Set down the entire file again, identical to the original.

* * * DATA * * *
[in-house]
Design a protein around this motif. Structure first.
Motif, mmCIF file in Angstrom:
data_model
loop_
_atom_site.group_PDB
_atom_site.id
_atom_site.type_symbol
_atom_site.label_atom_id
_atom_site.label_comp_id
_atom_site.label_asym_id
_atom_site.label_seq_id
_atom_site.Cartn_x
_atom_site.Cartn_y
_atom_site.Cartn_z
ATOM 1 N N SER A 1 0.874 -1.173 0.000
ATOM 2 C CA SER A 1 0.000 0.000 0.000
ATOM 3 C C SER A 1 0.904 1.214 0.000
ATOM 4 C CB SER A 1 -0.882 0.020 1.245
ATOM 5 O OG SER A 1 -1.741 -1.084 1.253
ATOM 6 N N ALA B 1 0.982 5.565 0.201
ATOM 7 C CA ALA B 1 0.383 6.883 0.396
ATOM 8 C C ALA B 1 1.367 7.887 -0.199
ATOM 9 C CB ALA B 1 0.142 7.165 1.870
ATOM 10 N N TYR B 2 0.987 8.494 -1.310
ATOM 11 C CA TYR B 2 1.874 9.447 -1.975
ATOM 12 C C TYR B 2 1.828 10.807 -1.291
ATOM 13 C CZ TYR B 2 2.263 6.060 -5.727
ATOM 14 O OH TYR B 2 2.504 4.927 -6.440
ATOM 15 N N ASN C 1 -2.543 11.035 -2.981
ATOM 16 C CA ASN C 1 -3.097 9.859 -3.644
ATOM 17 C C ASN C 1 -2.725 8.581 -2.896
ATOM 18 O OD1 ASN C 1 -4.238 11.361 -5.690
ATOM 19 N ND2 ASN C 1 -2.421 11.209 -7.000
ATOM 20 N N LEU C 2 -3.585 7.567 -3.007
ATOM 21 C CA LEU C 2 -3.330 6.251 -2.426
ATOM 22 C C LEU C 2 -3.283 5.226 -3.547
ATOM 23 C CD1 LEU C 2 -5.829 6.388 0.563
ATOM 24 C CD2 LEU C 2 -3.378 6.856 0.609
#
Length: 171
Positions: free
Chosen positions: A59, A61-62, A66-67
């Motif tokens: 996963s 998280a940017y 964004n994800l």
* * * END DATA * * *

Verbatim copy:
[in-house]
Design a protein around this motif. Structure first.
Motif, mmCIF file in Angstrom:
data_model
loop_
_atom_site.group_PDB
_atom_site.id
_atom_site.type_symbol
_atom_site.label_atom_id
_atom_site.label_comp_id
_atom_site.label_asym_id
_atom_site.label_seq_id
_atom_site.Cartn_x
_atom_site.Cartn_y
_atom_site.Cartn_z
ATOM 1 N N SER A 1 0.874 -1.173 0.000
ATOM 2 C CA SER A 1 0.000 0.000 0.000
ATOM 3 C C SER A 1 0.904 1.214 0.000
ATOM 4 C CB SER A 1 -0.882 0.020 1.245
ATOM 5 O OG SER A 1 -1.741 -1.084 1.253
ATOM 6 N N ALA B 1 0.982 5.565 0.201
ATOM 7 C CA ALA B 1 0.383 6.883 0.396
ATOM 8 C C ALA B 1 1.367 7.887 -0.199
ATOM 9 C CB ALA B 1 0.142 7.165 1.870
ATOM 10 N N TYR B 2 0.987 8.494 -1.310
ATOM 11 C CA TYR B 2 1.874 9.447 -1.975
ATOM 12 C C TYR B 2 1.828 10.807 -1.291
ATOM 13 C CZ TYR B 2 2.263 6.060 -5.727
ATOM 14 O OH TYR B 2 2.504 4.927 -6.440
ATOM 15 N N ASN C 1 -2.543 11.035 -2.981
ATOM 16 C CA ASN C 1 -3.097 9.859 -3.644
ATOM 17 C C ASN C 1 -2.725 8.581 -2.896
ATOM 18 O OD1 ASN C 1 -4.238 11.361 -5.690
ATOM 19 N ND2 ASN C 1 -2.421 11.209 -7.000
ATOM 20 N N LEU C 2 -3.585 7.567 -3.007
ATOM 21 C CA LEU C 2 -3.330 6.251 -2.426
ATOM 22 C C LEU C 2 -3.283 5.226 -3.547
ATOM 23 C CD1 LEU C 2 -5.829 6.388 0.563
ATOM 24 C CD2 LEU C 2 -3.378 6.856 0.609
#
Length: 171
Positions: free
Chosen positions: A59, A61-62, A66-67
């Motif tokens: 996963s 998280a940017y 964004n994800l």